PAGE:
Markets and institutions for promoting rice for food security and poverty reduction in Sub-Sahara Africa
AbstractThis paper presents aspects of promotion of rice (Oryza sativa) among markets and institutions as a key commodity for food security and poverty reduction. Rice is viewed as a central focus in all this. In fact, we are looking at rice as a driver of development in a broad sense. “Drivers of development” is an old concept and it goes back to a generation of development economists in the sixties. The publications of the U.S. based Agricultural Development Council and in particular Arthur Mosher raised the issue of drivers of development. Even
Walter Rostow in his famous book on the “Five Stages of Economic Growth” discussed the drivers of development - the locomotive that will pull everything ahead - and concluded that agriculture under certain conditions could be a driver. This was against the popular conception of the 1950s with labour, surplus models (“development with unlimited supplies of labour”) with agriculture as an unlimited pool of costless labour, waiting to be transferred to the industrial sector. Drivers of development are activities with large positive multiplier effects,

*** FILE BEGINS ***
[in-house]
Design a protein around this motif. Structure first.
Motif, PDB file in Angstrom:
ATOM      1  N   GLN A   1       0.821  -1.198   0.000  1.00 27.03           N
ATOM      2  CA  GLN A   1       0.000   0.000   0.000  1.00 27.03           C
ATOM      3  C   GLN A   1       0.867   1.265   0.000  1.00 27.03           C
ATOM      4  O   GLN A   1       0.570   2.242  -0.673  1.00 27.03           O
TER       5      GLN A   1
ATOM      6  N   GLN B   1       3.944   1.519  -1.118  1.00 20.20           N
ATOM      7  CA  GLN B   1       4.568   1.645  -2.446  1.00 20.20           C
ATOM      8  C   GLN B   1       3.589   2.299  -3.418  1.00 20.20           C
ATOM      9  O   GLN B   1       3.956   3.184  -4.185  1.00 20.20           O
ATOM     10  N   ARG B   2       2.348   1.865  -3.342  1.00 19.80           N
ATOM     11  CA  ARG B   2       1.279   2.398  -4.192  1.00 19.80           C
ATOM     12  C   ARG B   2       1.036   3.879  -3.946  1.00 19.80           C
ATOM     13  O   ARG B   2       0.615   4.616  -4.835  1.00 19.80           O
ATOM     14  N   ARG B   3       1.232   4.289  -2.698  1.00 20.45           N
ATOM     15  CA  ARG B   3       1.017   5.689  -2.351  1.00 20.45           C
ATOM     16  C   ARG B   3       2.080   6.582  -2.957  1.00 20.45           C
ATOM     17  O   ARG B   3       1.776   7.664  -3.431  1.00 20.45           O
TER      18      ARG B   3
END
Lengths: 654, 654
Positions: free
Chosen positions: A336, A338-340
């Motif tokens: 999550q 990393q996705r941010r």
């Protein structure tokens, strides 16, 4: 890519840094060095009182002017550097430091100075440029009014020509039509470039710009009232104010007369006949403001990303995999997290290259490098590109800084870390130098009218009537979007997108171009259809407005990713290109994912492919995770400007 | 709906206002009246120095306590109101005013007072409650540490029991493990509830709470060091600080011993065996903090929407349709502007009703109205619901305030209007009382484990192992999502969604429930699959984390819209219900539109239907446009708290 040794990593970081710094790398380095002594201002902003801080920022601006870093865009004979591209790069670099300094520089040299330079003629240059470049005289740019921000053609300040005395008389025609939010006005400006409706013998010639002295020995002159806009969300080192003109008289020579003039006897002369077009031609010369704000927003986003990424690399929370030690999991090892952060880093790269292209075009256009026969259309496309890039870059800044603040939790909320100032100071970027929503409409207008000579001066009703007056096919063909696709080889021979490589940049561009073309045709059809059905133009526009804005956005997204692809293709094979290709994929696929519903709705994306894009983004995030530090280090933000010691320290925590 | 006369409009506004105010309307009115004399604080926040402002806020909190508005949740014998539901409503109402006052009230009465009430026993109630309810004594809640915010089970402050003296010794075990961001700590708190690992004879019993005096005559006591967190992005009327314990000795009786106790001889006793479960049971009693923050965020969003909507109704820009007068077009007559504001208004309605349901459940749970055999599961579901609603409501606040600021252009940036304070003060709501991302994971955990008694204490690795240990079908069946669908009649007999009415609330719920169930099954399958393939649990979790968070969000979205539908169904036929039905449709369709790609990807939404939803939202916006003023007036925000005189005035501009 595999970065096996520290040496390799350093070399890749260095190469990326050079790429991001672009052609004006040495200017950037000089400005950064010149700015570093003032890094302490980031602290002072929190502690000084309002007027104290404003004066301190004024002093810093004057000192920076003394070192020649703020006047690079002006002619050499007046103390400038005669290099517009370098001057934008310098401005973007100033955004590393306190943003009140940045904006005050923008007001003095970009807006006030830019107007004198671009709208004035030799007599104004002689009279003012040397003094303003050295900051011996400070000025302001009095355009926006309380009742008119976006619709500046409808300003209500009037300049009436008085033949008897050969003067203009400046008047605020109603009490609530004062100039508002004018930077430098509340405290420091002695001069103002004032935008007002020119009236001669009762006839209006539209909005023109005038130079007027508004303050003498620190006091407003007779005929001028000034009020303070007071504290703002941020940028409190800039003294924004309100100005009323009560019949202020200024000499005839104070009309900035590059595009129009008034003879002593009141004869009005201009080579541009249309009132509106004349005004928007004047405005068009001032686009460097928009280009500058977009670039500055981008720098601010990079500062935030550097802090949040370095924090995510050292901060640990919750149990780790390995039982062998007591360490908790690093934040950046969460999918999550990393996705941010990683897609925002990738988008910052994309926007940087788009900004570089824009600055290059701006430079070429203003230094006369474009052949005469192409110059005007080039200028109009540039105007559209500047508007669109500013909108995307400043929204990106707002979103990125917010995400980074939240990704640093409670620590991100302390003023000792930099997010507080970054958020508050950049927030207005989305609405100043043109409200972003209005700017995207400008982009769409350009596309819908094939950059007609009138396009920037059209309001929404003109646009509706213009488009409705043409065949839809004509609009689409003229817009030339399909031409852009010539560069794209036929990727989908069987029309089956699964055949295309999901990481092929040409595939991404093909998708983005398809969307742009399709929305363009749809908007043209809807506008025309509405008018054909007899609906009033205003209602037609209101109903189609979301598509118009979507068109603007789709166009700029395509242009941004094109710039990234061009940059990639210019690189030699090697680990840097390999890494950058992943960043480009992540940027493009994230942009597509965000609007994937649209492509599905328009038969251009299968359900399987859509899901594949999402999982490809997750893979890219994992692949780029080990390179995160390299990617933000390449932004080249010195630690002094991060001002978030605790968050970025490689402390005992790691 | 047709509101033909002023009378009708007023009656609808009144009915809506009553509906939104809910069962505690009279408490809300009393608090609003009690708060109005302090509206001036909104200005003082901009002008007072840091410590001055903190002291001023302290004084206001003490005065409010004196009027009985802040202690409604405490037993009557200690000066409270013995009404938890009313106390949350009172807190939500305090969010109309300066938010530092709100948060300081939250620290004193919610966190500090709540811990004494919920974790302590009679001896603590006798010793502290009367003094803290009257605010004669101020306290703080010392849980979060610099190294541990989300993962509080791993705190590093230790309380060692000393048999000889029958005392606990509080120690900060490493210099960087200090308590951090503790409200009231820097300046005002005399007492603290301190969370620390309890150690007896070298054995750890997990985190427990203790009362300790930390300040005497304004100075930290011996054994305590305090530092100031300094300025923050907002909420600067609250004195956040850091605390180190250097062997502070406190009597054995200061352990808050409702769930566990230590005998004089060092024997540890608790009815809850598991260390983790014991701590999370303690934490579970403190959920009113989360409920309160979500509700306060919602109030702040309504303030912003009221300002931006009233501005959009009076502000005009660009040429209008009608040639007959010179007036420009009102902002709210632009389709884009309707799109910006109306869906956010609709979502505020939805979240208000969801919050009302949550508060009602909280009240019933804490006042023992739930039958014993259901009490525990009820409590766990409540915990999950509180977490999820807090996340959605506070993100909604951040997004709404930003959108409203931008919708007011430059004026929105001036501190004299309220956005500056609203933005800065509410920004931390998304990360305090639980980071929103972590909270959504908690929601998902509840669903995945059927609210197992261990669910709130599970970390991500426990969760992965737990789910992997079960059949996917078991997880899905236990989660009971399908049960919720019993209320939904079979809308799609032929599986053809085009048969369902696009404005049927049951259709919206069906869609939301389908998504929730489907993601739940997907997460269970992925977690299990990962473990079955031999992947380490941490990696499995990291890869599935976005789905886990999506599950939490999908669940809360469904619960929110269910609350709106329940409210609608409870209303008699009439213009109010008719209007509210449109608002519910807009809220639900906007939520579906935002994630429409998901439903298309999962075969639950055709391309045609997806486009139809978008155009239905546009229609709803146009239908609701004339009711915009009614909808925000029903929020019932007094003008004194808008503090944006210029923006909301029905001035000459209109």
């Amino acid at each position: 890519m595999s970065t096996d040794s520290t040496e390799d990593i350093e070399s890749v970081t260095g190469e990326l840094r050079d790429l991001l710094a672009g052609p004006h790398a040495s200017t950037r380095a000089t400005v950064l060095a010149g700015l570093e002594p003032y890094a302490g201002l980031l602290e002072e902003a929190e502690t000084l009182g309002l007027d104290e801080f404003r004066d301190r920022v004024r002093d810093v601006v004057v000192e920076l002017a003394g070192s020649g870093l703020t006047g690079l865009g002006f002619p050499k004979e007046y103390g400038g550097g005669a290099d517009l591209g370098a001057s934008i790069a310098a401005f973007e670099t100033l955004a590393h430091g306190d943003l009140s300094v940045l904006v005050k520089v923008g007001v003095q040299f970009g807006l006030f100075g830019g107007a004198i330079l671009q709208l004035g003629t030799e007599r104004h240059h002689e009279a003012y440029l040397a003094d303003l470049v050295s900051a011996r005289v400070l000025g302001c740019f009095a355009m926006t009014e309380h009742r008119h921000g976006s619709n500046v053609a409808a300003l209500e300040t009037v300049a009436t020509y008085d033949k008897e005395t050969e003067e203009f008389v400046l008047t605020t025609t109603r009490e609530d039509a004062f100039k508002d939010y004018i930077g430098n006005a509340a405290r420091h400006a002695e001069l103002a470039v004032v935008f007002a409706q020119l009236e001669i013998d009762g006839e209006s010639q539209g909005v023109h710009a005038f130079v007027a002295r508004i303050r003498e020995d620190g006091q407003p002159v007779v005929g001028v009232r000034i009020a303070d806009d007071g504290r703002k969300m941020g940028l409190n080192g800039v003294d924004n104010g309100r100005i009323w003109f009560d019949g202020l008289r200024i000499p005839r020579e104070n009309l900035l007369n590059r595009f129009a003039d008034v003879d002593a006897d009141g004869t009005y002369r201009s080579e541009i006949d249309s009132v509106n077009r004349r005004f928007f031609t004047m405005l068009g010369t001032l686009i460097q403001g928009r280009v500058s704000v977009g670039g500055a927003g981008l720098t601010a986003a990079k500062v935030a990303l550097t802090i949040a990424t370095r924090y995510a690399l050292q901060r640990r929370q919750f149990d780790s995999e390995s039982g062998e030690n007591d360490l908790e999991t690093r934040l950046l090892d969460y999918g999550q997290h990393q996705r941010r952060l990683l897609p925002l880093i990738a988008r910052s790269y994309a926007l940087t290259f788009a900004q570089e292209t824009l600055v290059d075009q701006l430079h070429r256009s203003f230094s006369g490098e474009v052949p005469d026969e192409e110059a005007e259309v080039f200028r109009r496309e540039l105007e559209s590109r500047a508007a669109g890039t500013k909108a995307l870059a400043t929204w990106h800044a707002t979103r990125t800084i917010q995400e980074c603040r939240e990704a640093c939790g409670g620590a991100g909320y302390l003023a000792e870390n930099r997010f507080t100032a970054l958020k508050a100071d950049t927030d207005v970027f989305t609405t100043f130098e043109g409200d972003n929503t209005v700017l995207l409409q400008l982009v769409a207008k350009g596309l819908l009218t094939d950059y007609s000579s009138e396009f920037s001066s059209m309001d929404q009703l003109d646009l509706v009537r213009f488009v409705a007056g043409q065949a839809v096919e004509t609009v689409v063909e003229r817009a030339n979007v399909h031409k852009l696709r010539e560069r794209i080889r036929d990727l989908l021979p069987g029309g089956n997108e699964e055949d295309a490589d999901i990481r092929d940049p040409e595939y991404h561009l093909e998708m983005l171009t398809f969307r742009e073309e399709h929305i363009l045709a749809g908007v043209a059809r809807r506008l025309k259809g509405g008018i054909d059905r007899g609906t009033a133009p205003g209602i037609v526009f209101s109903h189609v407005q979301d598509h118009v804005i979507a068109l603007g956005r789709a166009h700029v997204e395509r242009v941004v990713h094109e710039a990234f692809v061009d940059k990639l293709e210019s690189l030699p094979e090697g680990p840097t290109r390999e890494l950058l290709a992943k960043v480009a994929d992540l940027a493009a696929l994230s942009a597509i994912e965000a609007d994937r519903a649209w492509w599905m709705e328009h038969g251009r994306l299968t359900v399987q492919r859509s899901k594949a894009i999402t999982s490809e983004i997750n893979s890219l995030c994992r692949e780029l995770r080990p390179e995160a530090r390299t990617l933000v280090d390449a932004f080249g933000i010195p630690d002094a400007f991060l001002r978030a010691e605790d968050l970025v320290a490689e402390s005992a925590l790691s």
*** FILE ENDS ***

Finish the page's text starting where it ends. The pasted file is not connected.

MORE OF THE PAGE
producing a large value surplus, leading to a certain accumulation of wealth (savings) which can be the source of new investments, increasing (land and labour) productivities, with many forward and backward linkages throughout the economy, resulting in a continued process of positive cumulative changes in the economy and in people’s
living conditions. In this review article, issues of rural poverty, food security and agriculture in sub-Saharan Africa in general and how they relate to rice production and marketing are addressed.